A missing ancestor

Posted on 03/04/2017 Category in Blog

The First World War has always fascinated me – not only because of the tragic loss of human life – but also because my paternal grandfather enlisted in October 1914 and managed to survive the entirety of the conflict.

A missing family member often provides the catalyst for fascination and a desire to find out more about them.  And this was certainly the case for me as my grandfather John Capper died six years before I was born.  I had photographs to look at, his war medals to cherish and his grave to visit – what I didn’t have was his first hand account of his life.

Why did the youngest son of a farmer from North Wales feel the need to enlist at the start of the conflict?  Conscription wasn’t enforced until 1916, so what was his incentive?  His grandfather had visited France in the 1860s to deal with the estate of his elder sister – the family still talks about this trip.  Did my grandfather want to visit France for this reason?  Was he compelled to do his duty to King and country and fight for freedom?  Or did he merely wish to go on what he thought would be an adventure that would be over by Christmas?  No one could answer that question apart from him and unfortunately it was too late to ask.

I obtained his attestation papers from the National Archives in London – I was lucky, although he had enlisted as a Private with the Cheshire Yeomanry, he was promoted in the field and became a 2nd Lieutenant in the Loyal North Lancashire Regiment.  As a result his documents were available for research.  The majority of attestation papers were destroyed in the Second War and are known as the ‘Burnt Collection’.  Very few remain, but there is a substantial collection for Officers.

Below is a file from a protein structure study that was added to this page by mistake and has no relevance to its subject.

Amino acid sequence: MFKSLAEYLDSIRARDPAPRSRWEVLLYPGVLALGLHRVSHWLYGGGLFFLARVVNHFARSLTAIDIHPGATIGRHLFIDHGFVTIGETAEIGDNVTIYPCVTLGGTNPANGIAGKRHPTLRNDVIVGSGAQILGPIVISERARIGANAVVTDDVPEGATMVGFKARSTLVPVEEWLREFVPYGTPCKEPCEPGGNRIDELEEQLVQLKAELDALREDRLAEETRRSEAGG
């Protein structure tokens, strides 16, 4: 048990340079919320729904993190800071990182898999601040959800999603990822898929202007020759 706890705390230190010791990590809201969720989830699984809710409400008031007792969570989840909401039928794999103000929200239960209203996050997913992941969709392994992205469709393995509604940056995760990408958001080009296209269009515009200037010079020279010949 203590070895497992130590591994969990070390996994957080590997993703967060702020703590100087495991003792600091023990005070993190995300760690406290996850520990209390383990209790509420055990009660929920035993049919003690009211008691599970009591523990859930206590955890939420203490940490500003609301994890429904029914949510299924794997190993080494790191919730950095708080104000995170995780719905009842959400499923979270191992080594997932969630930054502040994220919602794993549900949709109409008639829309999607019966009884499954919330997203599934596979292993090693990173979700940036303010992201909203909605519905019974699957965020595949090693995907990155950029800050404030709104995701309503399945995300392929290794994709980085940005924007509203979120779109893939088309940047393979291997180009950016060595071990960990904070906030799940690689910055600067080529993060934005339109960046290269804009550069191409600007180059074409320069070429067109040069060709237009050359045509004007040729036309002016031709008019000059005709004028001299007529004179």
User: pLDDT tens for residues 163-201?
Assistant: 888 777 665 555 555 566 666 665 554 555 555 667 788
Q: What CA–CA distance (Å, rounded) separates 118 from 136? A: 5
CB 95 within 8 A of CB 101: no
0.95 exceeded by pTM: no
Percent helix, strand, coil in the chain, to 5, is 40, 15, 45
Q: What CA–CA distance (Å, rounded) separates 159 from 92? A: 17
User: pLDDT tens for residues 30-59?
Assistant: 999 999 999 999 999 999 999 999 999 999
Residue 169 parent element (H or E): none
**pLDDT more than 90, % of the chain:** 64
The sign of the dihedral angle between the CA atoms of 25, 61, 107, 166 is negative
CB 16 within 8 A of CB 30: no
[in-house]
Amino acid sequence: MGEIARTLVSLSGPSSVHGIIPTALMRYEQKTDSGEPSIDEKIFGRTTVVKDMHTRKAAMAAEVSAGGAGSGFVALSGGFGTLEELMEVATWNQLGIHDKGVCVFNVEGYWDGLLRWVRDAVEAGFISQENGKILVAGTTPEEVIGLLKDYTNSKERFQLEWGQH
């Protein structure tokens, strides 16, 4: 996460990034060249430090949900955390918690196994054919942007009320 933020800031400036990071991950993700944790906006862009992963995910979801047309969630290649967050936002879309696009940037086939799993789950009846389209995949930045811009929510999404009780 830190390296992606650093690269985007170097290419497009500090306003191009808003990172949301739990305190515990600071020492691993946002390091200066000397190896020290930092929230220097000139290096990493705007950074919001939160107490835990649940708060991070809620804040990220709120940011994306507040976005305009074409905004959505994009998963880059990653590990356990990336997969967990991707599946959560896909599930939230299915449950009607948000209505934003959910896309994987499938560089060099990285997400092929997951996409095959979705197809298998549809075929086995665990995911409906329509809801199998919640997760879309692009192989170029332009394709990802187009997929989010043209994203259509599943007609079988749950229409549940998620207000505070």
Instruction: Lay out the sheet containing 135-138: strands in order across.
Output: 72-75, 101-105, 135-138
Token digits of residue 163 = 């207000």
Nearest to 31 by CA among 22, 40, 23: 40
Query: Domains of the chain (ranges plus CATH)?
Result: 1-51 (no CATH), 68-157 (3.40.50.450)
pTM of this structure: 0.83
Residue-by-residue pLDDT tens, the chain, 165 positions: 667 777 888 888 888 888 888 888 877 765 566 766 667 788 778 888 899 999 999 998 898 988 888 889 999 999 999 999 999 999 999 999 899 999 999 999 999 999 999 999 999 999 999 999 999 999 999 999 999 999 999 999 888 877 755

So I have been able to read the official version of his war service which has been a bonus, but of course it doesn’t contain his own testimony of his experiences during that time.  I am by no means unique in this respect, many people researching their families will be in the same situation.  At least I have been able to obtain records about my grandfather, and war diaries that will help me construct in my own mind what his life was like on the battlefields of France.  There are also living family members who remember him well but these are becoming fewer with every year that passes.

John Capper c1917

John Capper 1917

John Capper WW1

John Capper with a fellow officer 1918.









I have researched many families in the course of my work and always pause when I see a generation of sons born in the 1880s and 1890s – knowing that inevitably some of them will have enlisted as my grandfather did.  And so, if I discover that they were involved in the conflict I always note it.  These men deserve to be remembered even if they didn’t marry and leave children who would one day wonder what they were like.

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